President-elect Donald Trump has criticized Republicans who have voted to gut the independent body that investigates congressional misconduct.
Republicans voted in secret to close the Office of Congressional Ethics, against the advice of party leaders.
“Focus on tax reform, healthcare and so many other things of far greater importance!” Mr Trump said in a tweet.
Mr Trump made cleaning up corruption in Washington a key theme of his campaign.
He ended his tweet with “#DTS”, which is an acronym for “drain the swamp”, his campaign slogan.
Democrats reacted with outrage to the vote, which could be passed later in the first session of the new Congress.
Trump v Republicans – who wins? Anthony Zurcher, BBC News, Washington
Members of Congress have only just arrived back in Washington, and already there is a dispute brewing between president-elect Donald Trump and the Republican-controlled legislative branch.
The move on Monday night by House Republicans was already prompting condemnation by Democrats, good-government watchdogs and political commentators.
But given that Republicans will control all levers of power in the federal government and a public uproar seemed unlikely, the change appeared to be a fait accompli.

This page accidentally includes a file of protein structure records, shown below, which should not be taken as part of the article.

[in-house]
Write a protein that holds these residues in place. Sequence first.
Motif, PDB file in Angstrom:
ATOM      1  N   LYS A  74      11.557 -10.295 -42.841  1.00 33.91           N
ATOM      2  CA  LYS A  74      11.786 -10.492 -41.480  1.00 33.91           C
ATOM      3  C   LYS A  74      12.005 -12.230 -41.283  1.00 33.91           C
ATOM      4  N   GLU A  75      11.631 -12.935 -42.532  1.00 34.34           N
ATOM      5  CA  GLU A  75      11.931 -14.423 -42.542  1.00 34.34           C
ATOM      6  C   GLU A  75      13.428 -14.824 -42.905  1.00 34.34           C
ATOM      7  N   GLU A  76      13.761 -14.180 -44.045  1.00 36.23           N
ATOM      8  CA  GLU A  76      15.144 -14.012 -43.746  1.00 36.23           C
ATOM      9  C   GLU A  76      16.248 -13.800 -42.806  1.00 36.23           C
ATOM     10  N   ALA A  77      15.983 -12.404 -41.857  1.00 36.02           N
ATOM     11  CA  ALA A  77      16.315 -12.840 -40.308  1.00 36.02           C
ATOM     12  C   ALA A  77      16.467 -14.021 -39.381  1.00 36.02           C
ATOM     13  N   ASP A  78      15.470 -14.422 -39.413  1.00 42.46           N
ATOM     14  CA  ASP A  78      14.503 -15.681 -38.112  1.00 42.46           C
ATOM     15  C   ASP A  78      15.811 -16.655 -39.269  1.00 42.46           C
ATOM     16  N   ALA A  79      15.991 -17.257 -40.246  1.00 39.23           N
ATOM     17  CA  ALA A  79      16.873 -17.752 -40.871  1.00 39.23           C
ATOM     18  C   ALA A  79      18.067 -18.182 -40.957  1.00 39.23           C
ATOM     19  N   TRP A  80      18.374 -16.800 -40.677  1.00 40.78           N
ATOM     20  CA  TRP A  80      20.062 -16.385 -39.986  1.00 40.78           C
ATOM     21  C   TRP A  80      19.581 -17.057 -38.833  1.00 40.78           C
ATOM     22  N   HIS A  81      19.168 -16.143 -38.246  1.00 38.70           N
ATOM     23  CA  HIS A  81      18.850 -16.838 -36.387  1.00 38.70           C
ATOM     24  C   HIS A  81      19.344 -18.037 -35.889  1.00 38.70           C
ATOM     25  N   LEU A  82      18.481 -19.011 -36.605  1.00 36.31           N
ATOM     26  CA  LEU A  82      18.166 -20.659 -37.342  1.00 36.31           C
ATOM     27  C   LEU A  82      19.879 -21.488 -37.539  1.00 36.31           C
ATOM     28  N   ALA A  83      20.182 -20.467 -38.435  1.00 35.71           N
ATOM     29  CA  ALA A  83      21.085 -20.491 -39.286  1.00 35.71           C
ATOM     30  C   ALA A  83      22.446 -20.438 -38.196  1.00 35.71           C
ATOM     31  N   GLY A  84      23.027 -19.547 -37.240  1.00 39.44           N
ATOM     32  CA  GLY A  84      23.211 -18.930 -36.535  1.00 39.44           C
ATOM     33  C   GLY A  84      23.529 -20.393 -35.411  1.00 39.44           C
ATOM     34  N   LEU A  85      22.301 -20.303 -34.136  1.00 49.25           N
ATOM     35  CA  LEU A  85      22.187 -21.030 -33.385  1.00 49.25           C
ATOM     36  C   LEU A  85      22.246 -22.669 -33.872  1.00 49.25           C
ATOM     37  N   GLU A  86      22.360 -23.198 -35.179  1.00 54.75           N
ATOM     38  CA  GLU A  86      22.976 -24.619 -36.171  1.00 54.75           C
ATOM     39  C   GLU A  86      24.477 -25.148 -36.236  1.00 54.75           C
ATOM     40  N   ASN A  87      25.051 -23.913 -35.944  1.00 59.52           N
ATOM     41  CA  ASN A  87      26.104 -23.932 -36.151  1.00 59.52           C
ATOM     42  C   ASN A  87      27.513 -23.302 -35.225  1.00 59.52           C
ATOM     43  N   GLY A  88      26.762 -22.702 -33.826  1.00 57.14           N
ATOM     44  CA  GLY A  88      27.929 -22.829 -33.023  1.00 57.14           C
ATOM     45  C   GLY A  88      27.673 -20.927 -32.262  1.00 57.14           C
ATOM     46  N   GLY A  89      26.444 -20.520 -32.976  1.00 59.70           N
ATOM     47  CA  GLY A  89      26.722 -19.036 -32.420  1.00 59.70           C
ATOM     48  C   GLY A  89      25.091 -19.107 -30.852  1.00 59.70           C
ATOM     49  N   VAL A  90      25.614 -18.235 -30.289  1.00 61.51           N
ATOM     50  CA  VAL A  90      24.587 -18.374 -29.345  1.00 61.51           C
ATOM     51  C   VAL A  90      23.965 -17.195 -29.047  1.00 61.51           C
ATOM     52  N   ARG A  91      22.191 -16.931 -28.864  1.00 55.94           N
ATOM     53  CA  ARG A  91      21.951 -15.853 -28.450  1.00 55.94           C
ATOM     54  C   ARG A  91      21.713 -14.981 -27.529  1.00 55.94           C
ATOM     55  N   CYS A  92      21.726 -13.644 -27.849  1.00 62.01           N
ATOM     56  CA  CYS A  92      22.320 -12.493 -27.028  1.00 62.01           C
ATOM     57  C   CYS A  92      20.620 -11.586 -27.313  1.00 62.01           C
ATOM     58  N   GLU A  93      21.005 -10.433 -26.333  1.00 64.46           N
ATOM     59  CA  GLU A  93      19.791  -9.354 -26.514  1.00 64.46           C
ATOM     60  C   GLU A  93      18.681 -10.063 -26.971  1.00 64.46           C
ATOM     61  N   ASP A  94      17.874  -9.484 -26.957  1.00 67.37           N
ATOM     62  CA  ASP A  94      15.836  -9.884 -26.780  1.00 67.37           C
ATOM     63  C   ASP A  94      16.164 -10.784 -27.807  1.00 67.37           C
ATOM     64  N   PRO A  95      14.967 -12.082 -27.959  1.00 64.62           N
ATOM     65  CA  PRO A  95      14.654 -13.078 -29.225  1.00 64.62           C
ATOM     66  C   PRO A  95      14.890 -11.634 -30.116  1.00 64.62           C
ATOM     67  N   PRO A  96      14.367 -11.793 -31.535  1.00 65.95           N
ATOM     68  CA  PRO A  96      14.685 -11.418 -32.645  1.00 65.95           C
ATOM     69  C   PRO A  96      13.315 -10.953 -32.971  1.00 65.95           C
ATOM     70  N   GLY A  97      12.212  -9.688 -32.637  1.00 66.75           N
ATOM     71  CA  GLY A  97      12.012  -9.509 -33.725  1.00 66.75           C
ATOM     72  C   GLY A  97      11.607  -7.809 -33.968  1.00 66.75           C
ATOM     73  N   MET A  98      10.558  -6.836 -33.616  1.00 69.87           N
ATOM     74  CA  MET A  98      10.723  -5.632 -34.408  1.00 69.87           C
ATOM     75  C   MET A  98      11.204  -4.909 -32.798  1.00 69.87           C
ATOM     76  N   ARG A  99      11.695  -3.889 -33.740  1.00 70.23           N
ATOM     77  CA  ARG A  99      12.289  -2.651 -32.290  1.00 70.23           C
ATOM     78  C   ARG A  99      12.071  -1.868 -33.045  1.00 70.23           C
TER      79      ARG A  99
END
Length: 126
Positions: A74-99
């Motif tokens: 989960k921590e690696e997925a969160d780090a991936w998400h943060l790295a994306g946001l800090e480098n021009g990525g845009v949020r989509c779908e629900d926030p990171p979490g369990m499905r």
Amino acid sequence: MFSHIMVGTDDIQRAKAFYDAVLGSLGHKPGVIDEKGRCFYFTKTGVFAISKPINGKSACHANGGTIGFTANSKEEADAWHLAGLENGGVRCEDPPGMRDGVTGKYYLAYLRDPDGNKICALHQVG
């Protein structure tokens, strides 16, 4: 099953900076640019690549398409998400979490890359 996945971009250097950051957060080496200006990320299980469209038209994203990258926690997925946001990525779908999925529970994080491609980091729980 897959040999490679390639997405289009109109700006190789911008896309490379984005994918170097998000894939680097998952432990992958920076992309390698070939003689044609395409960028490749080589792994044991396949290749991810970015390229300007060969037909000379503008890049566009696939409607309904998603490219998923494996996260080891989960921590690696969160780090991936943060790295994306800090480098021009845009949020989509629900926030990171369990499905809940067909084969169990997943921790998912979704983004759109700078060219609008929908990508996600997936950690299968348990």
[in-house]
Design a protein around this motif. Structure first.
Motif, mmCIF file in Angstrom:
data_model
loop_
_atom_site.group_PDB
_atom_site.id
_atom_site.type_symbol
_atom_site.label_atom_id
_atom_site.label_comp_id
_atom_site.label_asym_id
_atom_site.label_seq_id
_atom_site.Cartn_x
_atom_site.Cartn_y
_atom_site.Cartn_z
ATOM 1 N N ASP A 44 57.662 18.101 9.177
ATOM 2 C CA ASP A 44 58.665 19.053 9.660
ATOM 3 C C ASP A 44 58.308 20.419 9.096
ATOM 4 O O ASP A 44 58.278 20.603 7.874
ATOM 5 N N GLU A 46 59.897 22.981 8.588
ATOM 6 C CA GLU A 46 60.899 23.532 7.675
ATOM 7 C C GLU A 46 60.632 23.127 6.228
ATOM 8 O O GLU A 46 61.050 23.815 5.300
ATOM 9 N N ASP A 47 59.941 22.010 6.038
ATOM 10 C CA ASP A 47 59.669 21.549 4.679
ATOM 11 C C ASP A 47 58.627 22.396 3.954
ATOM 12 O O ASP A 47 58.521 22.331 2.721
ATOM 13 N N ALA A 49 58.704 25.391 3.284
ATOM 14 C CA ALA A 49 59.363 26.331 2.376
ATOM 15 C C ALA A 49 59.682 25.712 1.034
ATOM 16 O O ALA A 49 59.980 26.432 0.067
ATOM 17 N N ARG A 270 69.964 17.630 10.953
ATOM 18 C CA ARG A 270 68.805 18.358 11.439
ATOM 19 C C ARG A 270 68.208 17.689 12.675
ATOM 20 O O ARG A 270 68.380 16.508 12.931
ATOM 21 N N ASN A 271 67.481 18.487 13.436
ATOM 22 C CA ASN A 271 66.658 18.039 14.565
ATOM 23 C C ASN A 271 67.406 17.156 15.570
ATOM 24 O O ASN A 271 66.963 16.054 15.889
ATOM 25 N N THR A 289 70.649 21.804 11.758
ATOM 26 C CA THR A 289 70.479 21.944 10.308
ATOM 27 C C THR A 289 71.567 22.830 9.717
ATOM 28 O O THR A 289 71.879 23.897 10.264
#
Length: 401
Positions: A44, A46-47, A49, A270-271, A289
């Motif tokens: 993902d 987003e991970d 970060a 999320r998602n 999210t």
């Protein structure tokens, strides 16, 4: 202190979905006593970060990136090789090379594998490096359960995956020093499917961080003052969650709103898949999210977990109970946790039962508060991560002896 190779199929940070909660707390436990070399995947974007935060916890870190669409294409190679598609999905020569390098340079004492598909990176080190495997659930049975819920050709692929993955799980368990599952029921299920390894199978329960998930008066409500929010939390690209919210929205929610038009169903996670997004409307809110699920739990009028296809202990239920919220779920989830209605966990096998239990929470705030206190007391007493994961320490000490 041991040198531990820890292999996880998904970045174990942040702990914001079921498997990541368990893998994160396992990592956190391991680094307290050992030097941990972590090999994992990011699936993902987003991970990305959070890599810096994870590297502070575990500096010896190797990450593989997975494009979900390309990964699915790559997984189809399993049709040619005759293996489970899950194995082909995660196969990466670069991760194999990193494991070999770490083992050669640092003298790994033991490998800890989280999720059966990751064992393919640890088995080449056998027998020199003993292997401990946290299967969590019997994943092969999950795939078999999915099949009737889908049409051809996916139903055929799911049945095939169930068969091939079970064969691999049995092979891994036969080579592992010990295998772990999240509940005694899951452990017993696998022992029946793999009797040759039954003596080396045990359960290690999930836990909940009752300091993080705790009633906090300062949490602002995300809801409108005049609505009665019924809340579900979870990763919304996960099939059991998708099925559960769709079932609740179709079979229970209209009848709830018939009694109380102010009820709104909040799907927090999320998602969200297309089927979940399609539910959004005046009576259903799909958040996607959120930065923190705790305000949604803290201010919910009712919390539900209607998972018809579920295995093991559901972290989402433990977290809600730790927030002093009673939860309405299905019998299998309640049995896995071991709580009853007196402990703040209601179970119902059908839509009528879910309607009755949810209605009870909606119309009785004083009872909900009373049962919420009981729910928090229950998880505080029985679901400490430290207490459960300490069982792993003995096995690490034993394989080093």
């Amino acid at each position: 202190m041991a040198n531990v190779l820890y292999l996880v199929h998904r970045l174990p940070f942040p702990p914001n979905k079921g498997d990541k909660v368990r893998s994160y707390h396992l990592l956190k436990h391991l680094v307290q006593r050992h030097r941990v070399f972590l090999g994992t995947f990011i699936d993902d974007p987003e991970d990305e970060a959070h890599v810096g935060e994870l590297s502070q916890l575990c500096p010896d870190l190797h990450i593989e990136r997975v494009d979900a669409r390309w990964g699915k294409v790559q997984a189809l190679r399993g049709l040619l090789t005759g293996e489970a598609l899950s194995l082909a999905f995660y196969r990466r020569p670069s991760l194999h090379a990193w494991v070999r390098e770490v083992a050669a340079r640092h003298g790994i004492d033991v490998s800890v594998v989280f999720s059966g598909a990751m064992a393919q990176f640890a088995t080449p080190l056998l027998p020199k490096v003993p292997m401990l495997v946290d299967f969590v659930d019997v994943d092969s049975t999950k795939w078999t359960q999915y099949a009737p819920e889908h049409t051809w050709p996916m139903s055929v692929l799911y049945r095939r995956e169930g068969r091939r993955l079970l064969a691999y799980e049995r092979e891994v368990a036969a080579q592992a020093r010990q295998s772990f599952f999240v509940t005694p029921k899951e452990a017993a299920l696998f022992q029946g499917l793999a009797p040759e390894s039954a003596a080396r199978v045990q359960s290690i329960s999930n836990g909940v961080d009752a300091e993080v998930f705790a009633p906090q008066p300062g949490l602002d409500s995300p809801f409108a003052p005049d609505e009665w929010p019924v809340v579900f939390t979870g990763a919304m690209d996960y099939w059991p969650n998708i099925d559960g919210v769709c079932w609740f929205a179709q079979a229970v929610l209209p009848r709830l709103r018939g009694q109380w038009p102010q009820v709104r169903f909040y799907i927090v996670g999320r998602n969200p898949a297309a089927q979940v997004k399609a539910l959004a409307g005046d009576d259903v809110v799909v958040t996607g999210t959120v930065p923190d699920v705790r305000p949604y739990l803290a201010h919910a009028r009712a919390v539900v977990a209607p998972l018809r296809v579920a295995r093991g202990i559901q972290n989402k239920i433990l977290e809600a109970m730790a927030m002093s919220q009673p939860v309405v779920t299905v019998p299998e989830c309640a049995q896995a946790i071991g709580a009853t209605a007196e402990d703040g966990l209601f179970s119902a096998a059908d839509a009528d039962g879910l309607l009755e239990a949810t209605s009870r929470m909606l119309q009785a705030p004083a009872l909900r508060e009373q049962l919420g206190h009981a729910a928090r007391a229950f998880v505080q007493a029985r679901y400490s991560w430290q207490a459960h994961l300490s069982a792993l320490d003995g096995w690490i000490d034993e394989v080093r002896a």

Then Donald Trump demonstrated just how quickly his itchy Twitter finger can alter the political dynamic. Because the president-elect weighed in against the move, Republicans in the House will now have to decide whether they want to cross their new standard bearer before he even takes the oath of office.
This has become an early test of Mr Trump’s power of political persuasion. Can he use the presidential bully pulpit, magnified through social media, to bend members of his own party to his will? Or will the man who campaigned on metaphorically draining the Washington swamp find his first steps mired in the muck?
Under the change:
The watchdog would no longer be independent
Lawmakers would vote to determine if a fellow member of congress has broken the law
The body would be prevented from receiving anonymous tips
Accusations against lawmakers would not be made public, as they are currently
Senior Republican Congressmen Paul Ryan and Kevin McCarthy had urged their party to seek bipartisan support and to wait to push for the change later.
But Virginia Congressman Bob Goodlatte submitted the proposal against the advice of his own party’s leaders.